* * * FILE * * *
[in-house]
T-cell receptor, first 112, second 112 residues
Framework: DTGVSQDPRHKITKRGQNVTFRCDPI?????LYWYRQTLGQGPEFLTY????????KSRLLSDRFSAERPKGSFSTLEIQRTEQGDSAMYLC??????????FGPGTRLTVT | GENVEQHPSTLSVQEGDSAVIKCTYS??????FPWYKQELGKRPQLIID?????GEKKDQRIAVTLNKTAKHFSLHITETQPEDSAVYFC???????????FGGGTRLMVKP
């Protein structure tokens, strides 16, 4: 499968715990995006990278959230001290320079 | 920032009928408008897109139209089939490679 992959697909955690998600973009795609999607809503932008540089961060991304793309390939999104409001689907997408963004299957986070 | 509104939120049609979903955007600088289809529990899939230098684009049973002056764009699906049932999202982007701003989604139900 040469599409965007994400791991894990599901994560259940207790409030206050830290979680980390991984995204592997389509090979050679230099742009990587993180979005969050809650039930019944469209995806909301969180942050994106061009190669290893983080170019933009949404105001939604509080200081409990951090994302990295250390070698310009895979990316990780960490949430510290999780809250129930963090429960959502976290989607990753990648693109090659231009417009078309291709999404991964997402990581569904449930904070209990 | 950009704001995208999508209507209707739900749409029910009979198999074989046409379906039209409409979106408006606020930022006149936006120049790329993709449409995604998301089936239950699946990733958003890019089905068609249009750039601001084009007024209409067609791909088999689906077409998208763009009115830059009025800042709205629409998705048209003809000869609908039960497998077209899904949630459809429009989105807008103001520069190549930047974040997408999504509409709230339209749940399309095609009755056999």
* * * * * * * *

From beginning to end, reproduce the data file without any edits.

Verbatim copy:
[in-house]
T-cell receptor, first 112, second 112 residues
Framework: DTGVSQDPRHKITKRGQNVTFRCDPI?????LYWYRQTLGQGPEFLTY????????KSRLLSDRFSAERPKGSFSTLEIQRTEQGDSAMYLC??????????FGPGTRLTVT | GENVEQHPSTLSVQEGDSAVIKCTYS??????FPWYKQELGKRPQLIID?????GEKKDQRIAVTLNKTAKHFSLHITETQPEDSAVYFC???????????FGGGTRLMVKP
């Protein structure tokens, strides 16, 4: 499968715990995006990278959230001290320079 | 920032009928408008897109139209089939490679 992959697909955690998600973009795609999607809503932008540089961060991304793309390939999104409001689907997408963004299957986070 | 509104939120049609979903955007600088289809529990899939230098684009049973002056764009699906049932999202982007701003989604139900 040469599409965007994400791991894990599901994560259940207790409030206050830290979680980390991984995204592997389509090979050679230099742009990587993180979005969050809650039930019944469209995806909301969180942050994106061009190669290893983080170019933009949404105001939604509080200081409990951090994302990295250390070698310009895979990316990780960490949430510290999780809250129930963090429960959502976290989607990753990648693109090659231009417009078309291709999404991964997402990581569904449930904070209990 | 950009704001995208999508209507209707739900749409029910009979198999074989046409379906039209409409979106408006606020930022006149936006120049790329993709449409995604998301089936239950699946990733958003890019089905068609249009750039601001084009007024209409067609791909088999689906077409998208763009009115830059009025800042709205629409998705048209003809000869609908039960497998077209899904949630459809429009989105807008103001520069190549930047974040997408999504509409709230339209749940399309095609009755056999």